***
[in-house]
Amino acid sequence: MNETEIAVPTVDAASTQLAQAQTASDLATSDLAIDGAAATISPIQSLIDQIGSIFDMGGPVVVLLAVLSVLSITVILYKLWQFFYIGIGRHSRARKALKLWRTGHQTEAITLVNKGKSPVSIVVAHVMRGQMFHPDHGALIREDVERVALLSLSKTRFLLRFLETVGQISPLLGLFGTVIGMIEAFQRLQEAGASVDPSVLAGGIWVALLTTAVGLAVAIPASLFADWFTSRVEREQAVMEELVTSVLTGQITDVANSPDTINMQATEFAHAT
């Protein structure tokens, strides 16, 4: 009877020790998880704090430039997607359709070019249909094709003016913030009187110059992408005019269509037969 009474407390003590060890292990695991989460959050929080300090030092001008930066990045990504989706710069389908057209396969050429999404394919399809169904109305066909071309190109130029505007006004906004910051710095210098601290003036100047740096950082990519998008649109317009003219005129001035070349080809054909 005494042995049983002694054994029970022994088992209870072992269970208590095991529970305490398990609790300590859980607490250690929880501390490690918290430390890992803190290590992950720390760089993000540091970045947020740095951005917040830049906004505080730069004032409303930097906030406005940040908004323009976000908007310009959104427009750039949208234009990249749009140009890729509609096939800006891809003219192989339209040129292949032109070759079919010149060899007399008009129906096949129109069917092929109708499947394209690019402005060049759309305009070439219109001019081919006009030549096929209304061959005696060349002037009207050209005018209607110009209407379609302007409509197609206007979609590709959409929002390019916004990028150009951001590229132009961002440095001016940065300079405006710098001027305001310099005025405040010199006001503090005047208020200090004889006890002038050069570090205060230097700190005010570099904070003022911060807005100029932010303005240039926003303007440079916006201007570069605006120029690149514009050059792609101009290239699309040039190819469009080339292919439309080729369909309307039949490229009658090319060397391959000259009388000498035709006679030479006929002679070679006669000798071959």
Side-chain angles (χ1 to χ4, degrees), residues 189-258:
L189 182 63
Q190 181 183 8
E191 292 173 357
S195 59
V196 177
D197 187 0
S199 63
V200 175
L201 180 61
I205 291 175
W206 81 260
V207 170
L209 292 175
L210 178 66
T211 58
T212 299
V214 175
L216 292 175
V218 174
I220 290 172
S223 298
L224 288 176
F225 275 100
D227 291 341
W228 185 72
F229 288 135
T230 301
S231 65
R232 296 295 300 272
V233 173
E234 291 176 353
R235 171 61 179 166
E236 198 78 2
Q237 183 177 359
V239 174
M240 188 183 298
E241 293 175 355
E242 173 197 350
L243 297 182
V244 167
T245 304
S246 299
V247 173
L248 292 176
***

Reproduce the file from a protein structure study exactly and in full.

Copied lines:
[in-house]
Amino acid sequence: MNETEIAVPTVDAASTQLAQAQTASDLATSDLAIDGAAATISPIQSLIDQIGSIFDMGGPVVVLLAVLSVLSITVILYKLWQFFYIGIGRHSRARKALKLWRTGHQTEAITLVNKGKSPVSIVVAHVMRGQMFHPDHGALIREDVERVALLSLSKTRFLLRFLETVGQISPLLGLFGTVIGMIEAFQRLQEAGASVDPSVLAGGIWVALLTTAVGLAVAIPASLFADWFTSRVEREQAVMEELVTSVLTGQITDVANSPDTINMQATEFAHAT
């Protein structure tokens, strides 16, 4: 009877020790998880704090430039997607359709070019249909094709003016913030009187110059992408005019269509037969 009474407390003590060890292990695991989460959050929080300090030092001008930066990045990504989706710069389908057209396969050429999404394919399809169904109305066909071309190109130029505007006004906004910051710095210098601290003036100047740096950082990519998008649109317009003219005129001035070349080809054909 005494042995049983002694054994029970022994088992209870072992269970208590095991529970305490398990609790300590859980607490250690929880501390490690918290430390890992803190290590992950720390760089993000540091970045947020740095951005917040830049906004505080730069004032409303930097906030406005940040908004323009976000908007310009959104427009750039949208234009990249749009140009890729509609096939800006891809003219192989339209040129292949032109070759079919010149060899007399008009129906096949129109069917092929109708499947394209690019402005060049759309305009070439219109001019081919006009030549096929209304061959005696060349002037009207050209005018209607110009209407379609302007409509197609206007979609590709959409929002390019916004990028150009951001590229132009961002440095001016940065300079405006710098001027305001310099005025405040010199006001503090005047208020200090004889006890002038050069570090205060230097700190005010570099904070003022911060807005100029932010303005240039926003303007440079916006201007570069605006120029690149514009050059792609101009290239699309040039190819469009080339292919439309080729369909309307039949490229009658090319060397391959000259009388000498035709006679030479006929002679070679006669000798071959």
Side-chain angles (χ1 to χ4, degrees), residues 189-258:
L189 182 63
Q190 181 183 8
E191 292 173 357
S195 59
V196 177
D197 187 0
S199 63
V200 175
L201 180 61
I205 291 175
W206 81 260
V207 170
L209 292 175
L210 178 66
T211 58
T212 299
V214 175
L216 292 175
V218 174
I220 290 172
S223 298
L224 288 176
F225 275 100
D227 291 341
W228 185 72
F229 288 135
T230 301
S231 65
R232 296 295 300 272
V233 173
E234 291 176 353
R235 171 61 179 166
E236 198 78 2
Q237 183 177 359
V239 174
M240 188 183 298
E241 293 175 355
E242 173 197 350
L243 297 182
V244 167
T245 304
S246 299
V247 173
L248 292 176